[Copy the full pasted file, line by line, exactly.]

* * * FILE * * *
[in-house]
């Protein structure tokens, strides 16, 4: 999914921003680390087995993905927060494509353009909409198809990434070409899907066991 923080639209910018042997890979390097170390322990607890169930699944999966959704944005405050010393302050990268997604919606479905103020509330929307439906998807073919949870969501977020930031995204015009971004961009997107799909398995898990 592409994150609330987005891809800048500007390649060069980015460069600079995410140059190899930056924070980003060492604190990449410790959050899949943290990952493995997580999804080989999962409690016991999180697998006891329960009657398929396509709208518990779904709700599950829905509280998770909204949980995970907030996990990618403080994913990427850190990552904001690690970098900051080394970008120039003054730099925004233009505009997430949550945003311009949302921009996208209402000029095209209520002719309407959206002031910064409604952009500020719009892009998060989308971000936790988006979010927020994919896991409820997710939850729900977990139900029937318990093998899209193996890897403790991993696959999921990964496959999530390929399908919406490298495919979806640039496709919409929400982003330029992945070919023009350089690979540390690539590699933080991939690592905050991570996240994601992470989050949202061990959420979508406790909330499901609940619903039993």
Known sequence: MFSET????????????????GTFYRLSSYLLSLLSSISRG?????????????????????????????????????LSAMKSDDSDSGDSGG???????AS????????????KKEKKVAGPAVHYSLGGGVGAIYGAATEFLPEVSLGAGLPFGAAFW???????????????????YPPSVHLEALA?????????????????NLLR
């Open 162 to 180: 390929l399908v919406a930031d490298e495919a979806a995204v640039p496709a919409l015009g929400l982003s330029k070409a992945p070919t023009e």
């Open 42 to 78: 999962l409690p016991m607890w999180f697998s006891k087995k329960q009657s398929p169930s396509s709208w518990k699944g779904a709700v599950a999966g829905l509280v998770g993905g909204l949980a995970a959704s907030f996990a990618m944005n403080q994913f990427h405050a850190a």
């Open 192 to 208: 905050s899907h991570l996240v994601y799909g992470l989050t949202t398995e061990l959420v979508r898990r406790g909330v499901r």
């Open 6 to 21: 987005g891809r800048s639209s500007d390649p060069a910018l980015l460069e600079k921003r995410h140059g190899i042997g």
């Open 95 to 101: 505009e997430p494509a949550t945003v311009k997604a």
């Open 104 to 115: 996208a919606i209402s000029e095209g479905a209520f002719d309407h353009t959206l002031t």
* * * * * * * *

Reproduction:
[in-house]
């Protein structure tokens, strides 16, 4: 999914921003680390087995993905927060494509353009909409198809990434070409899907066991 923080639209910018042997890979390097170390322990607890169930699944999966959704944005405050010393302050990268997604919606479905103020509330929307439906998807073919949870969501977020930031995204015009971004961009997107799909398995898990 592409994150609330987005891809800048500007390649060069980015460069600079995410140059190899930056924070980003060492604190990449410790959050899949943290990952493995997580999804080989999962409690016991999180697998006891329960009657398929396509709208518990779904709700599950829905509280998770909204949980995970907030996990990618403080994913990427850190990552904001690690970098900051080394970008120039003054730099925004233009505009997430949550945003311009949302921009996208209402000029095209209520002719309407959206002031910064409604952009500020719009892009998060989308971000936790988006979010927020994919896991409820997710939850729900977990139900029937318990093998899209193996890897403790991993696959999921990964496959999530390929399908919406490298495919979806640039496709919409929400982003330029992945070919023009350089690979540390690539590699933080991939690592905050991570996240994601992470989050949202061990959420979508406790909330499901609940619903039993």
Known sequence: MFSET????????????????GTFYRLSSYLLSLLSSISRG?????????????????????????????????????LSAMKSDDSDSGDSGG???????AS????????????KKEKKVAGPAVHYSLGGGVGAIYGAATEFLPEVSLGAGLPFGAAFW???????????????????YPPSVHLEALA?????????????????NLLR
């Open 162 to 180: 390929l399908v919406a930031d490298e495919a979806a995204v640039p496709a919409l015009g929400l982003s330029k070409a992945p070919t023009e």
């Open 42 to 78: 999962l409690p016991m607890w999180f697998s006891k087995k329960q009657s398929p169930s396509s709208w518990k699944g779904a709700v599950a999966g829905l509280v998770g993905g909204l949980a995970a959704s907030f996990a990618m944005n403080q994913f990427h405050a850190a």
């Open 192 to 208: 905050s899907h991570l996240v994601y799909g992470l989050t949202t398995e061990l959420v979508r898990r406790g909330v499901r």
């Open 6 to 21: 987005g891809r800048s639209s500007d390649p060069a910018l980015l460069e600079k921003r995410h140059g190899i042997g």
């Open 95 to 101: 505009e997430p494509a949550t945003v311009k997604a």
């Open 104 to 115: 996208a919606i209402s000029e095209g479905a209520f002719d309407h353009t959206l002031t």